Perhaps Cunningham emerges as the better player in future years. He’s a truly gifted floor general with significant size, and perhaps the Pistons surprise some folks and flirt with .500 for a large portion of the season. Yet that feels like a bit of a hyper-specific scenario at the moment. Green’s scoring brilliance could sway voters come April.

James Harden to win MVP: +2,000

From the Rockets’ current franchise cornerstone to their prior one, James Harden is perhaps the best value bet on the board for MVP. This isn’t to say he’s the favorite. Harden is one member of an elite trio, and after being so prominently featured in MVP races of years past, there’s likely an element of voter fatigue at play. Eleven players have shorter MVP odds, including Harden’s teammate Kevin Durant. Yet at +2,000, the sheer value at play may be too good to pass up.

Harden has finished in the top three of the MVP voting in five of six seasons from 2014 to ’20. He could average 30 points per game next season, or he could very well go full facilitator and lead the league in assists for the second time in his career. Harden’s ugly Houston exit and subsequent injury-riddled season have obscured the conversation regarding his standing in the league. He’s one of the greatest offensive players in league history, one who is still relatively at his peak. If Durant and/or Kyrie Irving miss significant time, we could see a narrative for Harden’s second MVP emerge sooner than later.

Pelicans under 39.5 wins

There’s no denying Zion Williamson’s immense talent as he enters his third year in the league. The Duke product is one of the most prodigious young scorers in league history, jumping to 27 points per game on a startling 61.6 effective field goal percentage in 2020–21. Williamson in transition is more frightening than a young Charles Barkley. His low-post efficiency draws comparisons to Kevin McHale. Yet while Williamson may actually be a once-in-a-generation talent, the cast around him doesn’t lend to much optimism.

The Pelicans have felt like a wayward franchise for much of Williamson's tenure. They dismissed Alvin Gentry after a 30–42 campaign in 2019–20, and the Stan Van Gundy era didn’t exactly go much better. The acquisition of Steven Adams quickly proved to be a spacing disaster, and New Orleans looked very much like a bottom-tier defense for the majority of the season. Is there reason for a rosier outlook in ’21–22? Not exactly. Lonzo Ball has been effectively replaced by undersized guard Devonte’ Graham. There’s little backcourt depth, and while Jonas Valančiūnas should be a solid offensive complement to Williamson, he’s not exactly an imposing force in the middle. Expecting this roster to flirt with .500 is a risky bet in the Western Conference. There’s a very good chance we see the Pelicans underwhelm again, and rumors of Williamson’s discontent grow.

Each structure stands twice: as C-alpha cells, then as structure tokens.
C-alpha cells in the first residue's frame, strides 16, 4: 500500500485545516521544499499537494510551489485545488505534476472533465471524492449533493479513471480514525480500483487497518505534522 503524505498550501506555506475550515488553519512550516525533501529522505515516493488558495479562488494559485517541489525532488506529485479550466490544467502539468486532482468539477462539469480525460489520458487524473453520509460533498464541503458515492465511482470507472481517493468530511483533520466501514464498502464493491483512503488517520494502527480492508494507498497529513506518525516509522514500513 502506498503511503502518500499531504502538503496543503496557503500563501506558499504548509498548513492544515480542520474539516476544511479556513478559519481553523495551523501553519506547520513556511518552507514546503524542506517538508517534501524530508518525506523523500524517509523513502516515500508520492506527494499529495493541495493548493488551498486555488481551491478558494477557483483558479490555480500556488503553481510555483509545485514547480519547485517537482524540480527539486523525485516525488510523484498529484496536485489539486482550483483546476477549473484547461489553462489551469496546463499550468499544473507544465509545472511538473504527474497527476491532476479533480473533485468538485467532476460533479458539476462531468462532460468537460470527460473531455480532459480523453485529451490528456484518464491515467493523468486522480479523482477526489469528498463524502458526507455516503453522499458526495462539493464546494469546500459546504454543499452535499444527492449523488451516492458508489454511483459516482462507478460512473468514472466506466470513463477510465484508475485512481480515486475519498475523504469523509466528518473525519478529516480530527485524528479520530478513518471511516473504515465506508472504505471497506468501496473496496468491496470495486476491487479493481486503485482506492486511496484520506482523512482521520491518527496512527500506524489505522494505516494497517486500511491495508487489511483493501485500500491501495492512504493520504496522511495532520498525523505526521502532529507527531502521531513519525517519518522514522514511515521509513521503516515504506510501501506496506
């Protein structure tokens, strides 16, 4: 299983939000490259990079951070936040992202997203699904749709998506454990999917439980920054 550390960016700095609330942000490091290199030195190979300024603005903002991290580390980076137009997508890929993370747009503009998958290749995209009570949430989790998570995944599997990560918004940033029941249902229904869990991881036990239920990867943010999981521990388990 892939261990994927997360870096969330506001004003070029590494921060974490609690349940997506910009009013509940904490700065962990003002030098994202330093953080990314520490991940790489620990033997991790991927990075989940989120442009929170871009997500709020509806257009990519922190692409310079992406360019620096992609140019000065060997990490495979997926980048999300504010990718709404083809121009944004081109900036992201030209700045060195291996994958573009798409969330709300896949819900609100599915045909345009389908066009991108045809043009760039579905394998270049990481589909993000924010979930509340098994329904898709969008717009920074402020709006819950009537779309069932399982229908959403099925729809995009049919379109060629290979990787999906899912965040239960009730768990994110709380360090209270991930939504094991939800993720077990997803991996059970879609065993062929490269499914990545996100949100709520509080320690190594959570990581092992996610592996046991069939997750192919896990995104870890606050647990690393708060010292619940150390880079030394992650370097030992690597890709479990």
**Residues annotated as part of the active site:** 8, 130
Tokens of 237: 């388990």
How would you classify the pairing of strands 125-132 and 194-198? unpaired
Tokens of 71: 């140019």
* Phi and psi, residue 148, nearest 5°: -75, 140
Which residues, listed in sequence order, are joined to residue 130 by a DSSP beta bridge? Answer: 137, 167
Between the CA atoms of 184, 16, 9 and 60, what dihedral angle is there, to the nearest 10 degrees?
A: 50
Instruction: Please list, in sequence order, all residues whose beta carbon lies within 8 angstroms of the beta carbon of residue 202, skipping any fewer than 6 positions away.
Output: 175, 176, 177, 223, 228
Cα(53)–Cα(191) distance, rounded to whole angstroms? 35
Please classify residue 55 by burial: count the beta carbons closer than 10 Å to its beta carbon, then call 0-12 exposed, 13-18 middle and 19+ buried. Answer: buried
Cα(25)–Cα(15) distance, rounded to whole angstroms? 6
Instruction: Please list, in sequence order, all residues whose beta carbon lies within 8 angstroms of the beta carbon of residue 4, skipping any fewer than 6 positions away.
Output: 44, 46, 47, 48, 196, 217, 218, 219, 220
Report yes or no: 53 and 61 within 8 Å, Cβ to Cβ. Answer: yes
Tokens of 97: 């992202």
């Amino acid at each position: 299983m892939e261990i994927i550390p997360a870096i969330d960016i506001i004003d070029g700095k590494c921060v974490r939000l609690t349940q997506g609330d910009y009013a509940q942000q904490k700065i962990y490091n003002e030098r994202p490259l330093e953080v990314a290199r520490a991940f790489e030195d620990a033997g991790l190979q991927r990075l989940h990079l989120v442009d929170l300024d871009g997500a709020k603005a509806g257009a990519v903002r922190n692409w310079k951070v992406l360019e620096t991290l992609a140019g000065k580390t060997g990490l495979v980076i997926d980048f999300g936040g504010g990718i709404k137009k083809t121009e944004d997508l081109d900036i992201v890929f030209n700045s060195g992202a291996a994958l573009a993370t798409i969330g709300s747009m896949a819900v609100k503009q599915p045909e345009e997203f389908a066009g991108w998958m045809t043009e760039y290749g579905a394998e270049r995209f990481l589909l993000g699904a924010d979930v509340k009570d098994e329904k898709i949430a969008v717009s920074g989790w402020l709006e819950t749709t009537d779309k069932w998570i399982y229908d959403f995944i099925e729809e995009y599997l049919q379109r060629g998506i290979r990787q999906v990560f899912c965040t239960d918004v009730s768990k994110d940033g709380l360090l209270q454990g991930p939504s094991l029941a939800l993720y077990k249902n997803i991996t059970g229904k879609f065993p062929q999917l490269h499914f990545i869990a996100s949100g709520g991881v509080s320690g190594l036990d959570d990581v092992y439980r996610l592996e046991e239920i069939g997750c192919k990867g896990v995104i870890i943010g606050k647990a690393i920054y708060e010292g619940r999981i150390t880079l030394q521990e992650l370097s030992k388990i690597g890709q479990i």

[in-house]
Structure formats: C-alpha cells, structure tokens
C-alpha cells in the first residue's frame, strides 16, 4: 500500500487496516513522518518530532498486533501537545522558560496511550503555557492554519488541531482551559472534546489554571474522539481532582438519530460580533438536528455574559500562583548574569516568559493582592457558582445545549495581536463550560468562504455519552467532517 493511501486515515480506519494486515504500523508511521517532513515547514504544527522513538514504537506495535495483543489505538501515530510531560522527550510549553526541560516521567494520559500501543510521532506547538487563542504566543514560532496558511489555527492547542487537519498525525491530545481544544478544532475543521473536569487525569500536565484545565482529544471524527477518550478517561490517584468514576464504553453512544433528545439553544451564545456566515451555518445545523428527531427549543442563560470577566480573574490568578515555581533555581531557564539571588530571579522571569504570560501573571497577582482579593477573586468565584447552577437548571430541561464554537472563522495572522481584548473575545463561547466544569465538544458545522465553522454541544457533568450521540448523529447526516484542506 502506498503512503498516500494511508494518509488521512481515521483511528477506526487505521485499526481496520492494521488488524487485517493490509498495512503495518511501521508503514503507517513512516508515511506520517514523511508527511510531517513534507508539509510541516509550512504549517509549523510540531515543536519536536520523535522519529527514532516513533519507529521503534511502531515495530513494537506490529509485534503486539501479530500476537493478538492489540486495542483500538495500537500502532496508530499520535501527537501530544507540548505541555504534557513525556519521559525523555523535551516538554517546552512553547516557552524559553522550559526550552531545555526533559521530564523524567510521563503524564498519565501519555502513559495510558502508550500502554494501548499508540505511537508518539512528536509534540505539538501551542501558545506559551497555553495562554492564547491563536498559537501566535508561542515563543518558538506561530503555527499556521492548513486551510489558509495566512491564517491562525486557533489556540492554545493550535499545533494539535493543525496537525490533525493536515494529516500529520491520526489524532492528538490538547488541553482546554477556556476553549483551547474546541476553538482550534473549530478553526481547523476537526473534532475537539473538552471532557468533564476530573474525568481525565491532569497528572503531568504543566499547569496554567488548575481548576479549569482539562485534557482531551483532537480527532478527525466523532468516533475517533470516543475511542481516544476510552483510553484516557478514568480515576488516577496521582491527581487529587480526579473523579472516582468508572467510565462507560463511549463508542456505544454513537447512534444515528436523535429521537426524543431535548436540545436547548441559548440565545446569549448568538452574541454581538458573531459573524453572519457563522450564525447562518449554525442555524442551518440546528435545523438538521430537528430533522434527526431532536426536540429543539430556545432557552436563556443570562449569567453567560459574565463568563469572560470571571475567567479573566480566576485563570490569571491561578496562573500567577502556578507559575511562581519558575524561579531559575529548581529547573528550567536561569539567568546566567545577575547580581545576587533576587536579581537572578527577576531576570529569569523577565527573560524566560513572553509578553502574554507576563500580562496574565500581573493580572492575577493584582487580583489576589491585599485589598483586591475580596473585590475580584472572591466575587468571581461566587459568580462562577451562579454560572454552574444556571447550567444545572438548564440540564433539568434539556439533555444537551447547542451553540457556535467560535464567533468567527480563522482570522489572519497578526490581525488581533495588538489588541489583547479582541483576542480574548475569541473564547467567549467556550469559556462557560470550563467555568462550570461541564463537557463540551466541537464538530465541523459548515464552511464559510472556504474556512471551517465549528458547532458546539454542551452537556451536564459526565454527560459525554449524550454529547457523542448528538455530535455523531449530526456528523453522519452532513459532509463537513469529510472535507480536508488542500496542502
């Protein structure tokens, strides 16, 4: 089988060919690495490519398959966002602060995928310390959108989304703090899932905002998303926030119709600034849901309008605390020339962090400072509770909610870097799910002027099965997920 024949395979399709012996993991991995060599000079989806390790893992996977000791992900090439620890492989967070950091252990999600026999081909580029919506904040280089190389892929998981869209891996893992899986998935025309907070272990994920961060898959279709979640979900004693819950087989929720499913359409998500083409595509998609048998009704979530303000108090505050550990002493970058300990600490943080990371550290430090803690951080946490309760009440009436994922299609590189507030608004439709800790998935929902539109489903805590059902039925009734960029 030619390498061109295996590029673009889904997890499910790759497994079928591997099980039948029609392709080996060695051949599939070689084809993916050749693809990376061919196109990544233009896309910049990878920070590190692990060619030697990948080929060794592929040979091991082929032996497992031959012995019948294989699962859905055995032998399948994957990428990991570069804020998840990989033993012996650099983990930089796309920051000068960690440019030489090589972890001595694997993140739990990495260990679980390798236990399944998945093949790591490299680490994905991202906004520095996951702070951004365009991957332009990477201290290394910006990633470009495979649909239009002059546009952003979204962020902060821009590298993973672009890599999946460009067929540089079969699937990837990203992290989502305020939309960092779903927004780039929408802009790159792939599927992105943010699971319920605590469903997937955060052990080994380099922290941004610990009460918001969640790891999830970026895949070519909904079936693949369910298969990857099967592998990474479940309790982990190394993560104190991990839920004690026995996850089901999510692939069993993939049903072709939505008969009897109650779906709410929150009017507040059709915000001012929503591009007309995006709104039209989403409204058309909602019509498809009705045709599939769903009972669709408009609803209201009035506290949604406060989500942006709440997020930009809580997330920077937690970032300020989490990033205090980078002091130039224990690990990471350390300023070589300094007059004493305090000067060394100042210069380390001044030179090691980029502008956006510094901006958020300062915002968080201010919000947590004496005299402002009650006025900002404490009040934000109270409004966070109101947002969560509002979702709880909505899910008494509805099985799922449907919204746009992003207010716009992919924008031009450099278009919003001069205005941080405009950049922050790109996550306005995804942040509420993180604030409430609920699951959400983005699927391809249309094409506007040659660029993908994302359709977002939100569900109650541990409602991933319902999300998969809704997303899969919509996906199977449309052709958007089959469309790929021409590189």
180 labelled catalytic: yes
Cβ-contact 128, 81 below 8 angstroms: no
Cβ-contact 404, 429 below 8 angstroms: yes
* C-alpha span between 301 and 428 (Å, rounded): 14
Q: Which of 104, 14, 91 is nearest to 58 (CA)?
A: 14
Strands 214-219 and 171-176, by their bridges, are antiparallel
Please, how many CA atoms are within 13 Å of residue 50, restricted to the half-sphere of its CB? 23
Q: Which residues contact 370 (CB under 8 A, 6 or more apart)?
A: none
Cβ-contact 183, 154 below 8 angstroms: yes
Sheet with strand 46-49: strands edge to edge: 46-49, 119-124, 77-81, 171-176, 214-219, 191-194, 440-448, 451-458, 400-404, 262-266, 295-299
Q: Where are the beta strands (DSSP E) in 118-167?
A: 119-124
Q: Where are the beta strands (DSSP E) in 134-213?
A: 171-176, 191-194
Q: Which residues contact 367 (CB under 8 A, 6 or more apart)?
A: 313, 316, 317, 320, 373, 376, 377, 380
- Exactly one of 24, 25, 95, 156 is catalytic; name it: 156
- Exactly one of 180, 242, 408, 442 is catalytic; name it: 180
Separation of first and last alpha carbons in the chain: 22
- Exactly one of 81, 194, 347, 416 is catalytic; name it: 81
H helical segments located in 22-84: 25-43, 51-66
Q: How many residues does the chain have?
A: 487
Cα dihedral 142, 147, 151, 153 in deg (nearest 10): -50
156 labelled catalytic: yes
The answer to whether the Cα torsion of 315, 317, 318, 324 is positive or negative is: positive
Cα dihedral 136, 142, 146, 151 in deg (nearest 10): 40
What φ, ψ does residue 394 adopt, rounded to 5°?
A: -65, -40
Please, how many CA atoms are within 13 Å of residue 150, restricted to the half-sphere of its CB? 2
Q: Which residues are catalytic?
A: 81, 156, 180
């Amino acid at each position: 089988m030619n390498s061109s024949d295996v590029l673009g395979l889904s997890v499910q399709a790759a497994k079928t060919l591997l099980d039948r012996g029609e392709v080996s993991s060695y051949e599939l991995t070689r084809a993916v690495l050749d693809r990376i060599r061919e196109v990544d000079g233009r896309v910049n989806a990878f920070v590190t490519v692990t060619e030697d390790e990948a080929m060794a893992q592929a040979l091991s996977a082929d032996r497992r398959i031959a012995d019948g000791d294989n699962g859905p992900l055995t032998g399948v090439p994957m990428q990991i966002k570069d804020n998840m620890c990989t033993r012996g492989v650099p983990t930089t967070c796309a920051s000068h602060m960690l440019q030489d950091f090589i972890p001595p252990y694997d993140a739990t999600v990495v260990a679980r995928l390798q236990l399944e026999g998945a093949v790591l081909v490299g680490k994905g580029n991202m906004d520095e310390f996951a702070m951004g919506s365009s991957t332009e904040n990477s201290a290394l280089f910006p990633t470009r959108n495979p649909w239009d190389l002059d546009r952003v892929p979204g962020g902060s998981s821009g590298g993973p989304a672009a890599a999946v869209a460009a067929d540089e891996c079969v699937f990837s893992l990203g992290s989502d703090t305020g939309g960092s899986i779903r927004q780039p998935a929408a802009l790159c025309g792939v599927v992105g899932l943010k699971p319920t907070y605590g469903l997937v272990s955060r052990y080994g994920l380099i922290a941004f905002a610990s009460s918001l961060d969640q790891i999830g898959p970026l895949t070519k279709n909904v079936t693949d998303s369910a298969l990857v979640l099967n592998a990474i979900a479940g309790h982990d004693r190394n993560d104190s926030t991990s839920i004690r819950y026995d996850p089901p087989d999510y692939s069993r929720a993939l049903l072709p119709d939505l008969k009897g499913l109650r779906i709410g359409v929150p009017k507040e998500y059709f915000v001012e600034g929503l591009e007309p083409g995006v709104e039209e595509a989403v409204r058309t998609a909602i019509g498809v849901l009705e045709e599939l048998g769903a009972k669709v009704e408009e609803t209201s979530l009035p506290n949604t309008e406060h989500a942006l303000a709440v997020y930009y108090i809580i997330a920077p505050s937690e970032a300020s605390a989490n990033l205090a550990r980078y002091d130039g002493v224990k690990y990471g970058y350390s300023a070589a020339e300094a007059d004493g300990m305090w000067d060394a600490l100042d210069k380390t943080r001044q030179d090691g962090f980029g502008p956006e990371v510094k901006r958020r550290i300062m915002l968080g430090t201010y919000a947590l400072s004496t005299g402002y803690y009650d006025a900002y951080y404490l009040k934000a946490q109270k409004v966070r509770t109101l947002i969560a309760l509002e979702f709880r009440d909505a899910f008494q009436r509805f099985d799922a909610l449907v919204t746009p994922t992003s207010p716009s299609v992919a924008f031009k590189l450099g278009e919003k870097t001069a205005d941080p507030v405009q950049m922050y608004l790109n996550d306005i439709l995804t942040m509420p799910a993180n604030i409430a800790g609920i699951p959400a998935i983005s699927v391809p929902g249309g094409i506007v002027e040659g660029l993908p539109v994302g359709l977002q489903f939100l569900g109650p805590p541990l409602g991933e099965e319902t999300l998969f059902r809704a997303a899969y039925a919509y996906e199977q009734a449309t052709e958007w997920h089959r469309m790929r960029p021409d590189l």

Raptors over 36.5 wins

I get it. The Raptors are without their franchise point guard, won 27 games last year and, by most indications, isn’t necessarily gunning for the Larry O’Brien Trophy in 2021–22. But doesn’t 36 wins feel a bit light for a team with such a strong infrastructure? Nick Nurse remains one of the game’s top tacticians. Fred VanVleet earned a master’s degree at the Kyle Lowry School of Point Guard Play. Toronto is terrifying on the wing, armed with a deep collection of lanky forwards. Pairing Barnes with OG Anunoby and Pascal Siakam should wreak absolute havoc on opposing offenses, and I think Goran Dragić may still have a bit more left in the tank than many assume.

Thirty-seven wins isn’t some unattainable number, even for a middling team in the Eastern Conference. There’s institutional experience here as the Raptors return to Canada for a full season in Toronto.